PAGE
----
Effects of Chronic Use of Cocaine

Rohnert Park, CA (PressExposure) August 15, 2009 -- Cocaine addiction or dependence is one of the many and widely known addiction today, along with heroin and morphine addiction. However, cocaine addiction usually develops both physical and psychological dependence, in contrast to heroin which only develops physical dependence. Also, addiction is not the only side effect of chronic use of cocaine. Some of its adverse effects involves physiological damage, psychosis, schizophrenia, lethargy, depression, or a potentially fatal overdose.

Adverse effects of cocaine addiction

According to california drug rehab therapists, chronic use of cocaine may lead to insatiable hunger, aches, insomnia/oversleeping, lethargy, and persistent runny nose. Although these side effects don't really cause too much damage to a person, experiencing it can bring discomfort. Depression with suicidal ideation may also develop, particularly with heavy users. Finally, a loss of vesicular monoamine transporters, neurofilament proteins, and other morphological changes appear to indicate a long term damage of dopamine neurons. All these effects contribute a rise in tolerance thus requiring a larger dosage to achieve the same effect.

The lack of normal amounts of serotonin and dopamine in the brain is the cause of the dysphoria and depression felt after the initial high. Physical withdrawal is not dangerous, and is in fact restorative. The diagnostic criteria for cocaine withdrawal are characterized by a dysphoric mood, fatigue, unpleasant dreams, insomnia or hypersomnia, erectile dysfunction, increased appetite, psychomotor retardation or agitation, and anxiety.

Physical side effects from chronic smoking of cocaine include:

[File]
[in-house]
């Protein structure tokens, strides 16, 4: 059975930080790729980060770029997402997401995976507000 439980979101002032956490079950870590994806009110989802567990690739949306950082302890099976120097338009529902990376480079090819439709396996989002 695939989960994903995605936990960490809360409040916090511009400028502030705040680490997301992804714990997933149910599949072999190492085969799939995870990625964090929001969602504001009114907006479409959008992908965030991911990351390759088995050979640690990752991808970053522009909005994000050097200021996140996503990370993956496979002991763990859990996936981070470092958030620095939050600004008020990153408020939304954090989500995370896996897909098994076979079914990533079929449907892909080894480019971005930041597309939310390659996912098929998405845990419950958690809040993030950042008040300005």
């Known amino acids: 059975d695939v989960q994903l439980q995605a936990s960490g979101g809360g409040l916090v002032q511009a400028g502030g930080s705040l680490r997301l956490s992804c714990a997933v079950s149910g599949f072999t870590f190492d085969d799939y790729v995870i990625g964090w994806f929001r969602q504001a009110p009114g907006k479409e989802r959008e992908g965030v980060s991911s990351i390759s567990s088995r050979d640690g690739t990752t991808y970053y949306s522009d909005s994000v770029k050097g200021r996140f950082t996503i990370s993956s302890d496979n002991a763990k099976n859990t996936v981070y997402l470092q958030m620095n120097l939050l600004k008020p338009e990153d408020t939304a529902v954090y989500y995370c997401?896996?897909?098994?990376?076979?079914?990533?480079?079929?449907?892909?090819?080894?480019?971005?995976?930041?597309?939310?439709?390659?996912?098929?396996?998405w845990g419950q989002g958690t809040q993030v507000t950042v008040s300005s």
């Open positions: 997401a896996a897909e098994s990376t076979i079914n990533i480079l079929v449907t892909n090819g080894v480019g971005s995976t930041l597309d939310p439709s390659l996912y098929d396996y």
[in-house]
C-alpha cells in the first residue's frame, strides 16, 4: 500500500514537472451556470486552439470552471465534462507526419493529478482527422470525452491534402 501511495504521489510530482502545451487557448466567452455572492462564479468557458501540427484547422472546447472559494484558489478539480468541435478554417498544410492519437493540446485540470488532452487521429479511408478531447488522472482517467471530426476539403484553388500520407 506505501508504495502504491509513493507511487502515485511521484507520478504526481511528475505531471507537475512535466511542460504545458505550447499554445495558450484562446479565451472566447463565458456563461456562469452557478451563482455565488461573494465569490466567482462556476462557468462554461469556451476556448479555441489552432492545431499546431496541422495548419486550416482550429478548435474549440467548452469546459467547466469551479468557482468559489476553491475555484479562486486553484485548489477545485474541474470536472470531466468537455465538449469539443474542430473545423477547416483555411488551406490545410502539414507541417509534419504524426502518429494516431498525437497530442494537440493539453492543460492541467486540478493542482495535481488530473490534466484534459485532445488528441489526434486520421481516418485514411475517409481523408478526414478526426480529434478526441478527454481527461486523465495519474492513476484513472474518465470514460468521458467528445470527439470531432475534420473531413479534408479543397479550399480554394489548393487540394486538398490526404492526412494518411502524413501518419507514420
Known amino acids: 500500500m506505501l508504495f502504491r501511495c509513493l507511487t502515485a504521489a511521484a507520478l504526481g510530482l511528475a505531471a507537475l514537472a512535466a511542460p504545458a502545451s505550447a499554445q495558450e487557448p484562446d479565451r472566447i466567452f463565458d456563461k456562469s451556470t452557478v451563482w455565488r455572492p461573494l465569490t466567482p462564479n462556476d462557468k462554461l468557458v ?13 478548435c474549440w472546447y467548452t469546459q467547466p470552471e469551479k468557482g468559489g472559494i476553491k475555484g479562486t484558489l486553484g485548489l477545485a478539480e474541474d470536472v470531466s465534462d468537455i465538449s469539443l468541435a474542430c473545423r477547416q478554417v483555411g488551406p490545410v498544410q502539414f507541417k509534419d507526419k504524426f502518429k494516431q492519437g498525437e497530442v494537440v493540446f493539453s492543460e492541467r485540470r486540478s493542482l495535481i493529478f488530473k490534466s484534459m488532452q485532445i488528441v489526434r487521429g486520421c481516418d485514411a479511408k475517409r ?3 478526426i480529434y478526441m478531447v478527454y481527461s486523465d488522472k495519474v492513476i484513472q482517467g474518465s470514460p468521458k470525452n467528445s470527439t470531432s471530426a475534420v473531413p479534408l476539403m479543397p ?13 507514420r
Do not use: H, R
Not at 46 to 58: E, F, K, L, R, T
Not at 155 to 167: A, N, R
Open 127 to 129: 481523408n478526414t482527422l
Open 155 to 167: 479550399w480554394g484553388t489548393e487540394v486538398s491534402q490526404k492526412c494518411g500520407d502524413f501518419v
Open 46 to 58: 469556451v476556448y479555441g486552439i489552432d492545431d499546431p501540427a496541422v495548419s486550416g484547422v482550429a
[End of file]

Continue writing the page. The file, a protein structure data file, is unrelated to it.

Hemoptysis - expectoration (coughing up) of blood. Bronchospasm - sudden constriction of the muscles. Pruritus - or itching. Fever Diffuse alveolar infiltrates without effusions Pulmonary and systemic eosinophilia Chest pain Lung trauma Sore throat Asthma Hoarse voice dyspnea - shortness of breath. Aching flu-like syndrome

A common but untrue belief is that the smoking of cocaine chemically breaks down tooth enamel and causes tooth decay. However, cocaine does often cause involuntary tooth grinding, known as bruxism, which can deteriorate tooth enamel and lead to gingivitis.

Chronic intranasal usage, or snorting, can degrade the cartilage separating the nostrils (the septum nasi), leading eventually to its complete disappearance. Due to the absorption of the cocaine from cocaine hydrochloride, the remaining hydrochloride forms a dilute hydrochloric acid.

Cocaine may also greatly increase this risk of developing rare autoimmune or connective tissue diseases such as lupus, Goodpasture's disease, vasculitis, glomerulonephritis, Stevens-Johnson syndrome and other diseases. It can also cause a wide array of kidney diseases and renal failure. While these conditions are normally found in chronic users, they can also be caused by short term exposure in susceptible individuals.

About Andrew Sayers

Andrew Sayers is currently working as a social worker in California that helps and supports those that wants to be cured of their addiction to drugs and alcohol. Once addicted to alcohol and drugs in his adolescent years, his able to provide the proper information on how to get out of the habit and live a clean living life.

Press Release Source: http://PressExposure.com/PR/Andrew_Sayers.html

Press Release Submitted On: August 14, 2009 at 8:09 pm
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